|The Man They Couldn't Arrest|
|Directed by||T. Hayes Hunter|
|Written by||T. Hayes Hunter |
"Seamark" (Austin J. Small)
|Produced by||Michael Balcon|
|Starring|| Hugh Wakefield |
|Edited by||Ian Dalrymple|
|Distributed by||Ideal Films|
|24 July 1931|
The Man They Couldn't Arrest is a 1931 British crime film directed by T. Hayes Hunter and starring Hugh Wakefield, Gordon Harker, Garry Marsh and Dennis Wyndham. Based on a novel by "Seamark" (Austin J. Small,  it was made by Gainsborough Pictures at Islington Studios in London. 
An amateur detective goes on the trail of a gang of violent criminals. 
Hugh Wakefield was an English film actor, who played supporting roles. He was often seen wearing a monocle.
William Gordon Harker was an English stage and film actor.
Dennis Wyndham was a South African born stage and film actor. Long based in Britain, he appeared in more than 40 films between 1920 and 1956. He was born in Natal, South Africa.
William Comes to Town is a 1948 British comedy film directed by Val Guest and starring William Graham and Garry Marsh. It was based on the Just William series of novels by Richmal Crompton. It served as a loose sequel to 1947 film Just William's Luck. It is also known by its U.S. alternative title William Goes to the Circus.
Third Time Lucky is a 1931 British comedy film directed by Walter Forde and starring Bobby Howes, Dorothy Boyd and Gordon Harker. It was made at Islington Studios and based on the 1929 West End play of the same title by Arnold Ridley. The film's sets were designed by art director Walter Murton.
Inspector Hornleigh on Holiday is a 1939 British detective film directed by Walter Forde and starring Gordon Harker, Alastair Sim and Linden Travers. It is the sequel to the 1938 film Inspector Hornleigh, and both films are based on the novels by Leo Grex. A third and final film, Inspector Hornleigh Goes To It, followed in 1941.
The Lucky Number is a 1933 British sports comedy film directed by Anthony Asquith and starring Clifford Mollison, Gordon Harker, Joan Wyndham and Frank Pettingell. The screenplay concerns a professional footballer who attempts to recover a winning pools ticket. The film was made by Gainsborough Pictures and shot at Islington and Welwyn Studios with sets designed by Alex Vetchinsky. The football scenes were filmed in and around Highbury Stadium in North London.
Dancing with Crime is a 1947 British film noir film directed by John Paddy Carstairs, starring Richard Attenborough, Barry K. Barnes and Sheila Sim. It was shot at Southall Studios with sets designed by the art director Andrew Mazzei.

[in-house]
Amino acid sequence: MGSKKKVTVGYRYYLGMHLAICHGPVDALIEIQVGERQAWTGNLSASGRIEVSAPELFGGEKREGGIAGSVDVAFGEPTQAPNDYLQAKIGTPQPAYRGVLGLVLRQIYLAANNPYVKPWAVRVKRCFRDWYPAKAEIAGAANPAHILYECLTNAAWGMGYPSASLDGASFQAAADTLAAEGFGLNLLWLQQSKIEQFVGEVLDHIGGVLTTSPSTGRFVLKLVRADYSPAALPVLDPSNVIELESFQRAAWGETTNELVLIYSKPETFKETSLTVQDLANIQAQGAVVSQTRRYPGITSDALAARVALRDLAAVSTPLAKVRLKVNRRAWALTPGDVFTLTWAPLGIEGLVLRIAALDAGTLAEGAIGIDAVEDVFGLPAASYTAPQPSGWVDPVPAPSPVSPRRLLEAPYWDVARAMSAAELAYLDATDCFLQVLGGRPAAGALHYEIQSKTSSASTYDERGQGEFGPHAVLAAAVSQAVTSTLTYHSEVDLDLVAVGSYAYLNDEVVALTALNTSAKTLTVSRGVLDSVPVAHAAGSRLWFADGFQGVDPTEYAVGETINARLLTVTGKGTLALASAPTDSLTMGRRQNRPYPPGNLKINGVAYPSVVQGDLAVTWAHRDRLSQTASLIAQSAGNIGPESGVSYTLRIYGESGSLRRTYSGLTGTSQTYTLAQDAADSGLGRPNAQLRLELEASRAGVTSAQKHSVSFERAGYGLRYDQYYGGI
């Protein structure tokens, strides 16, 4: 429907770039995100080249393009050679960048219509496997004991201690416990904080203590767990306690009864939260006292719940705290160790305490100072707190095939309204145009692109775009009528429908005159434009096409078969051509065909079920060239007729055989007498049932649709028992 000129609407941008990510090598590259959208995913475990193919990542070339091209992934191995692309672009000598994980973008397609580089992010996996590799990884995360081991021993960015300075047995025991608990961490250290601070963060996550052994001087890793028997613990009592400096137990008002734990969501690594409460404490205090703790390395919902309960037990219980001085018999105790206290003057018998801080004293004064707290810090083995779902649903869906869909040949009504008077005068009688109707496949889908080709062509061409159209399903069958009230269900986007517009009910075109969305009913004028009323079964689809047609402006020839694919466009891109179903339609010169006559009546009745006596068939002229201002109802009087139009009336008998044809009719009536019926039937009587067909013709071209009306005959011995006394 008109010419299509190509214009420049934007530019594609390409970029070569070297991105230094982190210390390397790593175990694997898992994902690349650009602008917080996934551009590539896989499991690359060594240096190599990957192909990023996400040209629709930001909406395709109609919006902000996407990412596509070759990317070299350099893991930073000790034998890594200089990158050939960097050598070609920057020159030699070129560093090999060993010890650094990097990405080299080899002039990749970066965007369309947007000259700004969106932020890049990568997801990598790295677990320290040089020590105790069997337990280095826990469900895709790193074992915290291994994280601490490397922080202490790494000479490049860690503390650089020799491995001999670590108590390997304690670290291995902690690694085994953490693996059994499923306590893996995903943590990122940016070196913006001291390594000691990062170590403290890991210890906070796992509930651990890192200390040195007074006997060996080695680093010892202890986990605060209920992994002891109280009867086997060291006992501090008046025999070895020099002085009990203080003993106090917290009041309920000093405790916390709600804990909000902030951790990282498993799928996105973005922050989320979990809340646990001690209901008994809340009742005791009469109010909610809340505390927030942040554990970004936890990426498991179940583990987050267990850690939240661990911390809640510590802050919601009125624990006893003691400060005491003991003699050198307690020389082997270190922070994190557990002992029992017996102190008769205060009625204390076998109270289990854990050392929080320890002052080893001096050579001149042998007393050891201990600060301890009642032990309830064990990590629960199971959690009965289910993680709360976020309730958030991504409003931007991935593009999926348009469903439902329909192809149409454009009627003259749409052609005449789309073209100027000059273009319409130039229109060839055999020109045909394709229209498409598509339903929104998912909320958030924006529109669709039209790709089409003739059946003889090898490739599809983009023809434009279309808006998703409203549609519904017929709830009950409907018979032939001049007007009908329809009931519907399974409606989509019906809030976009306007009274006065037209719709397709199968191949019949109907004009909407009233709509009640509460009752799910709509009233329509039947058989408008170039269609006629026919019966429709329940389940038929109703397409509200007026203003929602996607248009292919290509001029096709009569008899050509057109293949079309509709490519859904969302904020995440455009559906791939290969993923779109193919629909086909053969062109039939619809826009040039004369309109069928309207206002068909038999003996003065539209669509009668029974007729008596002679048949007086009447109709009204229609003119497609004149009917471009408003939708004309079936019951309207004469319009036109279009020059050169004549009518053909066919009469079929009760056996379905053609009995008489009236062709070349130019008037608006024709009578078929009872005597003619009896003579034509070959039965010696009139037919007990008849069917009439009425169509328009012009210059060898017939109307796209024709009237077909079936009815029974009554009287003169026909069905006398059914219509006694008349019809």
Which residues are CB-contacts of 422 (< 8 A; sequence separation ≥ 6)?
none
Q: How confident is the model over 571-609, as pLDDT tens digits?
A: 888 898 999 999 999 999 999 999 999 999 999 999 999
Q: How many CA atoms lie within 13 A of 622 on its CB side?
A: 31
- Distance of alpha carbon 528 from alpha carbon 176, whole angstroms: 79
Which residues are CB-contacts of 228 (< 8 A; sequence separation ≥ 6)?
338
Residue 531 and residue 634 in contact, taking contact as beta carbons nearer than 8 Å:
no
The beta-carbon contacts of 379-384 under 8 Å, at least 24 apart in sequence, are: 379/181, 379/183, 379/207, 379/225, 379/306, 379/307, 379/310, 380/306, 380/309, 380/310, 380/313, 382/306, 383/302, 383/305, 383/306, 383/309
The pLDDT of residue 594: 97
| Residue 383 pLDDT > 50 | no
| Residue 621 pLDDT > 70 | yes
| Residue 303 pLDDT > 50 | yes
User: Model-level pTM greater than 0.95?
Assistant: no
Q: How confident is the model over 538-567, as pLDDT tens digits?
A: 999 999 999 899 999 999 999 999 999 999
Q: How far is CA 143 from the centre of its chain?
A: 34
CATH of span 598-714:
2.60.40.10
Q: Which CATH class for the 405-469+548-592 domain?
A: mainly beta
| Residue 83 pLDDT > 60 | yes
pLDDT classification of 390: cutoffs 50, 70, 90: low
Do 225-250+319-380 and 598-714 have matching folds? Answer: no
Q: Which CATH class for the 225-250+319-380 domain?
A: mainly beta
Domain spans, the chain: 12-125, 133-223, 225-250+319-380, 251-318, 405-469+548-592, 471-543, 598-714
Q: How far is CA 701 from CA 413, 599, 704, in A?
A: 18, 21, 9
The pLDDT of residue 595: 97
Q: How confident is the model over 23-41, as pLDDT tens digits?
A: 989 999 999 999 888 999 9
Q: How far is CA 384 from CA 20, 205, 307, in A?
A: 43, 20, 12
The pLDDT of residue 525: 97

Ask Beccles is a 1933 British comedy crime film directed by Redd Davis and starring Garry Marsh, Lilian Oldland, Abraham Sofaer and John Turnbull. The film was based on a play by Cyril Campion. It was made at British and Dominions Elstree Studios as a quota quickie for release by Paramount Pictures.
Money Mad (1934) is a British drama film directed by Frank Richardson and starring Virginia Cherrill, Garry Marsh, and Peter Gawthorne.
Dirty Work is a 1934 British comedy crime film directed by Tom Walls and starring Ralph Lynn, Gordon Harker, Robertson Hare and Basil Sydney. It was based on Dirty Work, one of the Aldwych Farces, by Ben Travers, which had some of the same cast members. The film was made at the Lime Grove Studios with sets designed by the art director Alfred Junge.
Things Happen at Night is a 1947 British supernatural ghost comedy film directed by Francis Searle and starring Gordon Harker, Alfred Drayton, Robertson Hare and Garry Marsh. The film is based upon a stage play, The Poltergeist, by Frank Harvey. It was shot at Twickenham Studios. Despite the film's comparatively large budget it ended up being released as a second feature.
The Crimson Circle is a 1936 British crime film directed by Reginald Denham and starring Hugh Wakefield, Alfred Drayton, and Niall MacGinnis. It is based on the 1922 novel The Crimson Circle by Edgar Wallace. It was made by the independent producer Richard Wainwright at Shepperton and Welwyn Studios.
The Dark Stairway is a 1938 British crime film, directed by Arthur B. Woods and starring Hugh Williams, Chili Bouchier and Garry Marsh.
The Sport of Kings is a 1931 British comedy film directed by Victor Saville and starring Leslie Henson, Hugh Wakefield and Gordon Harker. It was based on the 1924 play of the same title by Ian Hay.
This England is a 1941 British historical drama film directed by David MacDonald and starring John Clements, Constance Cummings and Emlyn Williams. The film follows the small English village of Cleveley and its historic resistance against tyrannical invaders recounted by one of the inhabitants to a visiting American journalist.
The Fortunate Fool is a 1933 British comedy film directed by Norman Walker and starring Hugh Wakefield, Joan Wyndham and Jack Raine.
Road House is a 1934 British comedy crime film directed by Maurice Elvey and starring Violet Loraine, Gordon Harker and Aileen Marson.
Three Witnesses is a 1935 British crime film directed by Leslie S. Hiscott and starring Henry Kendall, Eve Gray and Sebastian Shaw. It was made at Twickenham Studios as a quota quickie. The screenplay concerns a man who arrested on suspicion of murdering his brother.
The Professional Guest is a 1931 British comedy film directed by George King and starring Gordon Harker, Pat Paterson and Richard Bird. It was made at Walton Studios as a quota quickie for release by Fox Film.
The Man They Couldn't Arrest at IMDb